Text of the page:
US warns Iranian terrorist crew broke into 'multiple' US water facilities

There's a war on and critical infrastructure operators are still using default passwords

Iran-linked cyber thugs have exploited Israeli-made programmable logic controllers (PLCs) used in "multiple" water systems and other operational technology environments at facilities across the US, according to multiple law enforcement agencies .

In a take-out-the-trash-time release on Friday night security advisory, the FBI, National Security Agency (NSA), Cybersecurity and Infrastructure Security Agency (CISA), Environmental Protection Agency (EPA), plus the Israel National Cyber Directorate (INCD) warned that CyberAv3ngers, an Islamic Revolutionary Guard Corps (IRGC)-affiliated group, has been "actively targeting and compromising" Unitronics Vision Series PLCs, since at least November 22.

The US designated the IRGC as a foreign terrorist organization in 2019.

But the gang did not need sophisticated tactics to run this attack: the joint advisory suggests Cyberav3ngers likely broke into US-based water facilities by using default passwords for internet-accessible PLCs.

The alert was issued just days after CISA said it was investigating a cyberattack against a Pennsylvania water authority by the IRGC-backed crew, which forced operators to switch a pumping station to manual control.

The compromised system at the Municipal Water Authority of Aliquippa displayed a warning that the intruders would be targeting Israeli-made gear because of the ongoing Israel-Hamas war. And it turns out that Aliquippa wasn’t the only entity under attack.

"We are tracking, at this time, a small number of impacted water utilities," Eric Goldstein, CISA executive assistant director for cybersecurity, told reporters on Monday.

However, there is some good news. Despite exploiting PLCs to gain access to the water and wastewater facilities, "we have seen no access to operational systems at these water facilities, nor have we seen any impact to the provision of safe drinking water," Goldstein added.

These PLCs, which are also used in other industries such as energy, food and beverage manufacturing, and health care, may be rebranded — so the number of exploits and the scope of the threat remains unclear.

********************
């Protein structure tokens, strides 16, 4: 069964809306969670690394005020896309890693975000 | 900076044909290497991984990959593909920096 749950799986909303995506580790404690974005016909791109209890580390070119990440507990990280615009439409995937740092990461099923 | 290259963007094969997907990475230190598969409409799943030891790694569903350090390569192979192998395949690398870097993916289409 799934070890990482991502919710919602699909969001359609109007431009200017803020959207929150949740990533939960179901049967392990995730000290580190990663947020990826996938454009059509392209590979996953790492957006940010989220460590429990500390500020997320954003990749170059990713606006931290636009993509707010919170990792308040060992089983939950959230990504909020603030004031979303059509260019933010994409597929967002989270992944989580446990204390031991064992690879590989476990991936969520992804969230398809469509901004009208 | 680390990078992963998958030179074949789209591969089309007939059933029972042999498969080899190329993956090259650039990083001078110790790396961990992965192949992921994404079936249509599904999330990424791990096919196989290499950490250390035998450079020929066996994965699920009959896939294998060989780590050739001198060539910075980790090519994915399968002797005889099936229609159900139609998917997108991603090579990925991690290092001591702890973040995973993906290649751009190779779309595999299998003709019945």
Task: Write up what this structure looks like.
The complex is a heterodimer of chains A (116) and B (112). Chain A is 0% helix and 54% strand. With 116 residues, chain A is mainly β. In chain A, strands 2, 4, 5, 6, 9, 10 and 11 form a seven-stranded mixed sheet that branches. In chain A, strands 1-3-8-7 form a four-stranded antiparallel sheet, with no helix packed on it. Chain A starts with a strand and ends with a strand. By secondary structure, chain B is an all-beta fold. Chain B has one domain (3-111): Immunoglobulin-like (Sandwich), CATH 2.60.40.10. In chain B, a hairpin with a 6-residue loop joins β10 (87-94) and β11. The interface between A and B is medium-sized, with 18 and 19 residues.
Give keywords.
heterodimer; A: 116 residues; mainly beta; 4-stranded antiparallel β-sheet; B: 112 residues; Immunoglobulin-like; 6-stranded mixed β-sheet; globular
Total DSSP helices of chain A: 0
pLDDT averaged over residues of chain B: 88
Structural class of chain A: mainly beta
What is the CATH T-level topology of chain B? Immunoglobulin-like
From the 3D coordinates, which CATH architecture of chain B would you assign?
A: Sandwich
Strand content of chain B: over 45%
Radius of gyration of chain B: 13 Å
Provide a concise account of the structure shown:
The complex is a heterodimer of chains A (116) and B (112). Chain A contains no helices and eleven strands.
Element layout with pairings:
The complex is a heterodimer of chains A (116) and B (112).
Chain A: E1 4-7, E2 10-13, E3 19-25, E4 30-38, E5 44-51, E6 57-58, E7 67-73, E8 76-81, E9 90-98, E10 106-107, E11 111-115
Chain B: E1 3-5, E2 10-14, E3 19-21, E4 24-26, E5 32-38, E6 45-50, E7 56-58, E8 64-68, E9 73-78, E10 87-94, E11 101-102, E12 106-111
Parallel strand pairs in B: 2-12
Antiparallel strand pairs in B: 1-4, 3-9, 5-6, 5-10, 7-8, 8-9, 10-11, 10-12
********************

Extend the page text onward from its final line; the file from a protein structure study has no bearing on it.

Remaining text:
During the Monday press briefing, Goldstein urged organizations across all sectors to take a couple basic steps to secure their operational technology environments: don't expose PLCs to the open internet, and don't use default passwords.

"And from there, begin to implement the other mitigations in our joint advisory and detect the indicators of compromise outlined therein," he said.

A Shodan search on Monday indicates 211 Unitronics devices are connected to the internet in the US, and more than 1,800 globally.

At this time, it appears that Cyberav3ngers is the only gang targeting Israel-made gear in US critical infrastructure facilities, according to the Feds. "We remain concerned about the prospect of broader targeting of Israeli technology like the activities today," Goldstein said.

Also on Monday, CheckPoint said it's tracking three other pro-Iran groups in addition to Cyberav3ngers that also claim to targeting US organizations in response to the conflict in Gaza.

These include Haghjoyan, a group that emerged when the war began and initially targeted Israel before moving on to hack-and-leak operations and website defacements in the US.

Another Iran-linked gang, CyberToufan Group, also said it targeted wholesaler Berkshire eSupply for using Israeli gear, and YareGomnam Team has claimed attacks on US pipeline, electrical systems and CCTV systems at American airports.

The security shop noted that its researchers haven't verified the accuracy of each group's claims. ®

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